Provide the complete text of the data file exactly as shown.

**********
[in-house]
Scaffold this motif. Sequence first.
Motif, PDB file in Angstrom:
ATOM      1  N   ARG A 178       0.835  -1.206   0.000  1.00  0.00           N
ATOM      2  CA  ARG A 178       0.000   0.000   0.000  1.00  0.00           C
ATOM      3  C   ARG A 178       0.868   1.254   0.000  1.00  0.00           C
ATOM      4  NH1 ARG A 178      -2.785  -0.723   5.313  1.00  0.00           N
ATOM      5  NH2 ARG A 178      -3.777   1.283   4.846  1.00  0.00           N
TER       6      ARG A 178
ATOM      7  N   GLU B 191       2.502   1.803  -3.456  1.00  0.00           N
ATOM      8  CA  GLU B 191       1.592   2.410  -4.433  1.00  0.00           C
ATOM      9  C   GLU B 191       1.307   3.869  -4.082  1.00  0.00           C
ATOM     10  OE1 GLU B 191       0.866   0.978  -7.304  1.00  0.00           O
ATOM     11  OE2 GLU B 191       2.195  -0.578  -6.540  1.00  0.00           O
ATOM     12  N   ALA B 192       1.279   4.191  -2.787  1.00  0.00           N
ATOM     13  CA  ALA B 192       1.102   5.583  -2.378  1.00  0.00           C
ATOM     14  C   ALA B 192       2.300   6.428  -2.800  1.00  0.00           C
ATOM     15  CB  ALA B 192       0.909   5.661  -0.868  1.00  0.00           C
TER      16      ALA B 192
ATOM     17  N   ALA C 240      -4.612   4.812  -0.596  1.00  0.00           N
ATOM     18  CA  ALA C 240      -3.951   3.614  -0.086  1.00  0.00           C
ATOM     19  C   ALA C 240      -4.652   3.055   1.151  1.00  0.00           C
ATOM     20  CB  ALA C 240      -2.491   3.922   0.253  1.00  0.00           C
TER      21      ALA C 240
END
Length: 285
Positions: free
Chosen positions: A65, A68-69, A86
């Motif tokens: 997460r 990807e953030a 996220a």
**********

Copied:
[in-house]
Scaffold this motif. Sequence first.
Motif, PDB file in Angstrom:
ATOM      1  N   ARG A 178       0.835  -1.206   0.000  1.00  0.00           N
ATOM      2  CA  ARG A 178       0.000   0.000   0.000  1.00  0.00           C
ATOM      3  C   ARG A 178       0.868   1.254   0.000  1.00  0.00           C
ATOM      4  NH1 ARG A 178      -2.785  -0.723   5.313  1.00  0.00           N
ATOM      5  NH2 ARG A 178      -3.777   1.283   4.846  1.00  0.00           N
TER       6      ARG A 178
ATOM      7  N   GLU B 191       2.502   1.803  -3.456  1.00  0.00           N
ATOM      8  CA  GLU B 191       1.592   2.410  -4.433  1.00  0.00           C
ATOM      9  C   GLU B 191       1.307   3.869  -4.082  1.00  0.00           C
ATOM     10  OE1 GLU B 191       0.866   0.978  -7.304  1.00  0.00           O
ATOM     11  OE2 GLU B 191       2.195  -0.578  -6.540  1.00  0.00           O
ATOM     12  N   ALA B 192       1.279   4.191  -2.787  1.00  0.00           N
ATOM     13  CA  ALA B 192       1.102   5.583  -2.378  1.00  0.00           C
ATOM     14  C   ALA B 192       2.300   6.428  -2.800  1.00  0.00           C
ATOM     15  CB  ALA B 192       0.909   5.661  -0.868  1.00  0.00           C
TER      16      ALA B 192
ATOM     17  N   ALA C 240      -4.612   4.812  -0.596  1.00  0.00           N
ATOM     18  CA  ALA C 240      -3.951   3.614  -0.086  1.00  0.00           C
ATOM     19  C   ALA C 240      -4.652   3.055   1.151  1.00  0.00           C
ATOM     20  CB  ALA C 240      -2.491   3.922   0.253  1.00  0.00           C
TER      21      ALA C 240
END
Length: 285
Positions: free
Chosen positions: A65, A68-69, A86
């Motif tokens: 997460r 990807e953030a 996220a």